The dismissal of Sartin's due process claim against all of the appellees was proper. The appellant was provided notice and an opportunity to challenge the revocation of his driver's license. See Bell v. Burson, 402 U.S. 535, 91 S.Ct. 1586, 29 L.Ed.2d 90 (1971); M.S.A. § 169.123. As we said in Rhodes v. Meyer, 334 F.2d 709, 714 (8th Cir.), cert. denied, 379 U.S. 915, 85 S.Ct. 263, 13 L.Ed.2d 186 (1964):
(T)his court doubts that it is the intention of the Civil Rights Act to allow a person knowledgeable of the procedures of the law to ignore his chance to have an error corrected and then attack the administrators of justice who were denied the opportunity to correct the error in an action for * * * damages.
The dismissal of the malicious prosecution claim against Mickelson is also affirmed. The issue of whether a malicious prosecution infringes on protected constitutional rights is undecided,2 and we will not, upon the mere allegation of constitutional deprivation, determine the issue without briefing and argument. United States v. Phillips, 433 F.2d 1364, 1366 (8th Cir. 1970), cert. denied, 401 U.S. 917, 91 S.Ct. 900, 27 L.Ed.2d 819 (1971).3
The District Court dismissed Sartin's claim against Mickelson for false arrest, brought under 42 U.S.C. § 1983, because:
Under the principles of res judicata, collateral estoppel and comity of law, the Court must conclude that this case is not properly in Federal court. The (appellant) had ample opportunity to raise his complaints of illegal arrest * * * within the State court system. Having failed to do so, he has no recourse in this Court.
Officer Mickelson did not plead res judicata or collateral estoppel in the District Court. Accordingly, those affirmative defenses were not available to him in that court and are not available here.4 Huffman v. Pursue, Ltd., 420 U.S. 592, 607 n.19, 95 S.Ct. 1200, 1209, 43 L.Ed.2d 482, 494 (1975); Federal Rule of Civil Procedure 8(c). Moreover, exhaustion of state judicial remedies is not a prerequisite to the maintenance of a civil rights action in federal court. Monroe v. Pape, 365 U.S. 167, 81 S.Ct. 473, 5 L.Ed.2d 492 (1961).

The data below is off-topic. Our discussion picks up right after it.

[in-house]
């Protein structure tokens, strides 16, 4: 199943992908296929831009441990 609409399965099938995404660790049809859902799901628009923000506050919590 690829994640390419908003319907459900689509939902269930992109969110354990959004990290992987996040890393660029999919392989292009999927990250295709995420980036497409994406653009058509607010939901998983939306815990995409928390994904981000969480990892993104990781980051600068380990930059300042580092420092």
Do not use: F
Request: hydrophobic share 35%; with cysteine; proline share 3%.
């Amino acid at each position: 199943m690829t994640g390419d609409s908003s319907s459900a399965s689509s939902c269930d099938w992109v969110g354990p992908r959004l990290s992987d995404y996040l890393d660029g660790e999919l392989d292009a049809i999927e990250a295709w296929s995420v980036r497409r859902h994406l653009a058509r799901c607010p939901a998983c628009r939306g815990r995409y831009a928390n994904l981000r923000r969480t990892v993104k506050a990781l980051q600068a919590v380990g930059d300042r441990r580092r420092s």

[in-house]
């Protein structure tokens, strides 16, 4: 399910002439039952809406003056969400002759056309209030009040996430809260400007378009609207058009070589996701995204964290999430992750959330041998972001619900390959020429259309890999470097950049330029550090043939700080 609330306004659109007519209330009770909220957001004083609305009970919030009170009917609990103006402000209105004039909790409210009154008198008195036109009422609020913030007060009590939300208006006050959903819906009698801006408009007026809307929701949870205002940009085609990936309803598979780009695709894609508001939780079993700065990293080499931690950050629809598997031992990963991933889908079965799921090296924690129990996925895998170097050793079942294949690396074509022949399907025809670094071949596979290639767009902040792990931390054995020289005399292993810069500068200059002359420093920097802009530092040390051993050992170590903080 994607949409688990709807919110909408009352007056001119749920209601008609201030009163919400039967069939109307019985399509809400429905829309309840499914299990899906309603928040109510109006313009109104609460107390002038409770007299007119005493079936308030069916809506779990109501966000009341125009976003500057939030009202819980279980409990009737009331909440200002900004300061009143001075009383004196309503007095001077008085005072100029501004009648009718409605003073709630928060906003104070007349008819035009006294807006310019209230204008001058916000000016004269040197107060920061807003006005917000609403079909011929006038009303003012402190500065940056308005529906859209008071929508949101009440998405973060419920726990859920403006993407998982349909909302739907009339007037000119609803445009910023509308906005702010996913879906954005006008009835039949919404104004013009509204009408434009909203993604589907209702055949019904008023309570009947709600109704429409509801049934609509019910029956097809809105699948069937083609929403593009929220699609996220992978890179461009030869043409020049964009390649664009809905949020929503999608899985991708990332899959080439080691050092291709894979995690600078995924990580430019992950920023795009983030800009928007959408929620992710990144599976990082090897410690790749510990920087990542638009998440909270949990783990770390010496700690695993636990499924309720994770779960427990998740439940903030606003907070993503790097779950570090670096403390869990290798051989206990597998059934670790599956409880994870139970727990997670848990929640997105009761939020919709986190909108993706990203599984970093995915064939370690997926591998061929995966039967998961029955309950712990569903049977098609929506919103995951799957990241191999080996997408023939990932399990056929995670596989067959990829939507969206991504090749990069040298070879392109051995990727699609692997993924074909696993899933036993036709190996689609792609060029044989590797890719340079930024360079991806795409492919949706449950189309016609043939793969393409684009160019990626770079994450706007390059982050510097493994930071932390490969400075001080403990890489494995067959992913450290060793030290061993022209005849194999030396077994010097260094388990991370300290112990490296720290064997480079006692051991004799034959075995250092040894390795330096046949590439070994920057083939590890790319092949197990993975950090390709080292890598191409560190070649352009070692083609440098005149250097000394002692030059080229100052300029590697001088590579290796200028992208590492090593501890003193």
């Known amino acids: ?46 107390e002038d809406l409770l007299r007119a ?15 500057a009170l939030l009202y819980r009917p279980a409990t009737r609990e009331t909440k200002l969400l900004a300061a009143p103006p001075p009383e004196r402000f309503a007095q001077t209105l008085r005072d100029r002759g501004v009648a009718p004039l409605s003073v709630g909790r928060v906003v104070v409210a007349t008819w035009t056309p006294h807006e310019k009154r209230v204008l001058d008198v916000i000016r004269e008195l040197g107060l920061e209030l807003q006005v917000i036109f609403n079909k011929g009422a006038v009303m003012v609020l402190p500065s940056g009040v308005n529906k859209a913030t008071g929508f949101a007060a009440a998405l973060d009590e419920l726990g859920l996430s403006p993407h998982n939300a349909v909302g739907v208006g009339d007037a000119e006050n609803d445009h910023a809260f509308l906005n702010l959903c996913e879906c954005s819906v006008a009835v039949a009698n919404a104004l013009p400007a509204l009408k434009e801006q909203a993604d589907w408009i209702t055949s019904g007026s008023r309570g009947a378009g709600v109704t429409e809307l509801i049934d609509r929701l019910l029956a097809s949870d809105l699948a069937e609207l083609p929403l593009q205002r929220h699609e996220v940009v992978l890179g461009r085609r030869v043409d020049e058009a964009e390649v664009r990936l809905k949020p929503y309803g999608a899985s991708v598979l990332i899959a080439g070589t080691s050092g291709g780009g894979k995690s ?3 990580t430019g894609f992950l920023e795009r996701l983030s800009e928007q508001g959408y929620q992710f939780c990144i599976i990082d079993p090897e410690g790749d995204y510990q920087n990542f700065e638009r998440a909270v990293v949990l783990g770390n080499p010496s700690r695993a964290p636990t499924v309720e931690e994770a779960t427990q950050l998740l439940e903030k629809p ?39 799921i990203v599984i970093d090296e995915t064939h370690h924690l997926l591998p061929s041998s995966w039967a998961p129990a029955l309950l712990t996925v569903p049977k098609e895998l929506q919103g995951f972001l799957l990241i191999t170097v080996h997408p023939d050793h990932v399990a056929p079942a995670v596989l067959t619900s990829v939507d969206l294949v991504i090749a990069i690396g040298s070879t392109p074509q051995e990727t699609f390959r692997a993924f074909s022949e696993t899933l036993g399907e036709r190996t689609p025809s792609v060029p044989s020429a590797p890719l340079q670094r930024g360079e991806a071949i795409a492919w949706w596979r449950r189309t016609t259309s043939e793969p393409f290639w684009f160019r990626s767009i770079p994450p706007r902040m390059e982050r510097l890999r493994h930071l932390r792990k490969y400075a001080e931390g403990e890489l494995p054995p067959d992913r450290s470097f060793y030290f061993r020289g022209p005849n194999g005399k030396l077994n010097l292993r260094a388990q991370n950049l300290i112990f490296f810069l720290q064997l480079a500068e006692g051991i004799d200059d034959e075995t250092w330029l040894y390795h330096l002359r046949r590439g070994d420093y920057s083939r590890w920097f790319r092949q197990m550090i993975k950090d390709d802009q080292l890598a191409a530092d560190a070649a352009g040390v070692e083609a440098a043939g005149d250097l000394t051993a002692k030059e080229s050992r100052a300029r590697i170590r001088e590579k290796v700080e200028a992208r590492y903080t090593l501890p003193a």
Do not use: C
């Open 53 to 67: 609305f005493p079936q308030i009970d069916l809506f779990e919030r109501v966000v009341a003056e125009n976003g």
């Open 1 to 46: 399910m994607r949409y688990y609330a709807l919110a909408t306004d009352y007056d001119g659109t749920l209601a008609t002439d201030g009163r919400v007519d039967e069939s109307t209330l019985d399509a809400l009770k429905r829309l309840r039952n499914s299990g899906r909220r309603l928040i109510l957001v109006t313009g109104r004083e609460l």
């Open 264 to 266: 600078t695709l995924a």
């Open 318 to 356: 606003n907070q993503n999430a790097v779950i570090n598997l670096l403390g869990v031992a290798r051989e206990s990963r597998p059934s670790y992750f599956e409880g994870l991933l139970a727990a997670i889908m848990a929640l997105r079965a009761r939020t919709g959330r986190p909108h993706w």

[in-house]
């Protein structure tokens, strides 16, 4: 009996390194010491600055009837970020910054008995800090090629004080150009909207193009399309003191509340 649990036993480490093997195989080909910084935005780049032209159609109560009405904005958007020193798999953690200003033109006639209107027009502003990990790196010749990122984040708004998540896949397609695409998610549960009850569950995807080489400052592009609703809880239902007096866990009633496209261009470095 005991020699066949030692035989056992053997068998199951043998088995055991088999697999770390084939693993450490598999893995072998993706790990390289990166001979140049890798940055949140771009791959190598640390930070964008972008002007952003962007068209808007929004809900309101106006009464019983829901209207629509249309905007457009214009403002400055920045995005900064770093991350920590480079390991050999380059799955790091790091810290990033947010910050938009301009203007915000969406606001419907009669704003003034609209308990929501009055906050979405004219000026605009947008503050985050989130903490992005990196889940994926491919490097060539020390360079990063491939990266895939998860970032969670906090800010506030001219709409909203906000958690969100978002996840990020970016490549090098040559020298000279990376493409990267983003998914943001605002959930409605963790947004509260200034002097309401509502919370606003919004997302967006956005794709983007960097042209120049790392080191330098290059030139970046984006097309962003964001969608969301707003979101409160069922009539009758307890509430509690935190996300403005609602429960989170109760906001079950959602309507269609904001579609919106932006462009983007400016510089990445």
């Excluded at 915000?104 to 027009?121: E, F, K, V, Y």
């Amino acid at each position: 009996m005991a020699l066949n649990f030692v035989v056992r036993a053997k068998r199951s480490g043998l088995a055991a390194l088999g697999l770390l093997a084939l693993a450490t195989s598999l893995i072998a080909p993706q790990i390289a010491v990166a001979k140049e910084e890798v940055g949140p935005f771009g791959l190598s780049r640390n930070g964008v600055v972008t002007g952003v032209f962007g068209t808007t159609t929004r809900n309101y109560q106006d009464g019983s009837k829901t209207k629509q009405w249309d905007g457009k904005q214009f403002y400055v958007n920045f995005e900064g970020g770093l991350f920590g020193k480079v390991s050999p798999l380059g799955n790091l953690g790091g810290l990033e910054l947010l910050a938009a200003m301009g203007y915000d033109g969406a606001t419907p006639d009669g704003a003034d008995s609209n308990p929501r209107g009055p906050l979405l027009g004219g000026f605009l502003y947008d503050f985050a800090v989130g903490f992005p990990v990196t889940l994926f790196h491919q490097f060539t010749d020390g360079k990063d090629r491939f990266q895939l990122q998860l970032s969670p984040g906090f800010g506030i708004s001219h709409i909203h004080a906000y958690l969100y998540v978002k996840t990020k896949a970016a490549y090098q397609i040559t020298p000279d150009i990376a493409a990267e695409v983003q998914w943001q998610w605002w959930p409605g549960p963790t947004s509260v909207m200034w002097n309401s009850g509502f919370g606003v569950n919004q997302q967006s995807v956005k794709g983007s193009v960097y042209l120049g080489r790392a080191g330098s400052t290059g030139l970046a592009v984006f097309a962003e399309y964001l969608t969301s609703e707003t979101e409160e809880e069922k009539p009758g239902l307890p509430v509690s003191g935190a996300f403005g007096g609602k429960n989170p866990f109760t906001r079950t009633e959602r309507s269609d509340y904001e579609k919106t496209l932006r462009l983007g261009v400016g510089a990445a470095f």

We must, however, consider whether the District Court properly refrained from exercising its powers under the doctrine of equitable restraint as recently announced in Huffman v. Pursue, Ltd., supra. Huffman teaches that when federal relief is sought after the initiation of state judicial proceedings and before the exhaustion of state appellate remedies, the federal court must refrain from exercising its powers if federal post-trial intervention would annul the results of the state proceedings.5 This is the rule in criminal as well as civil proceedings which are in aid of and closely related to criminal statutes. Id. at 604-611 (1975); Williams v. Williams et al, 532 F.2d 120 (8th Cir. 1976).6
In the light of our disposition of Sartin's due process claim, there is no basis upon which his requests for equitable relief can be granted. Accordingly, we need consider only the effect which a grant of monetary relief would have upon the state proceedings.
The granting of money damages for false arrest would not annul the results of the state proceedings. Indeed, Sartin's action in federal court against Mickelson pursuant to 42 U.S.C. § 1983 is his remedy at law.7 The doctrine of equitable restraint is inapplicable. See Huffman v. Pursue, Ltd. supra, 420 U.S. at 603-605, 95 S.Ct. at 1207-1208, 43 L.Ed.2d at 491-492; Samuels v. Mackell, 401 U.S. 66, 72, 91 S.Ct. 764, 767, 27 L.Ed.2d 688, 693 (1971); Younger v. Harris, 401 U.S. 37, 43, 91 S.Ct. 746, 750, 27 L.Ed.2d 669, 675 (1971); California Diversified Promotions, Inc. v. Musick, 505 F.2d 278, 284 (9th Cir. 1974). Moreover, since the state proceedings are closed, there is no occasion to defer to the principles of comity which recognize "that state courts have the solemn responsibility, equally with the federal courts 'to guard, enforce, and protect every right granted or secured by the Constitution of the United States. . . . ' " Steffel v. Thompson, 415 U.S. 452, 460-461, 94 S.Ct. 1209, 1216, 39 L.Ed.2d 505, 515 (1974). The determination of the constitutional issue by the District Court will not interfere with the function of the state's courts.8 Rather, the District Court will be acting in the fulfillment of its role as the primary guarantor of constitutional rights against exercises of state power. As stated by the Supreme Court in Mitchum v. Foster, 407 U.S. 225, 239, 92 S.Ct. 2151, 2160, 32 L.Ed.2d 705, 715 (1972) (footnote omitted):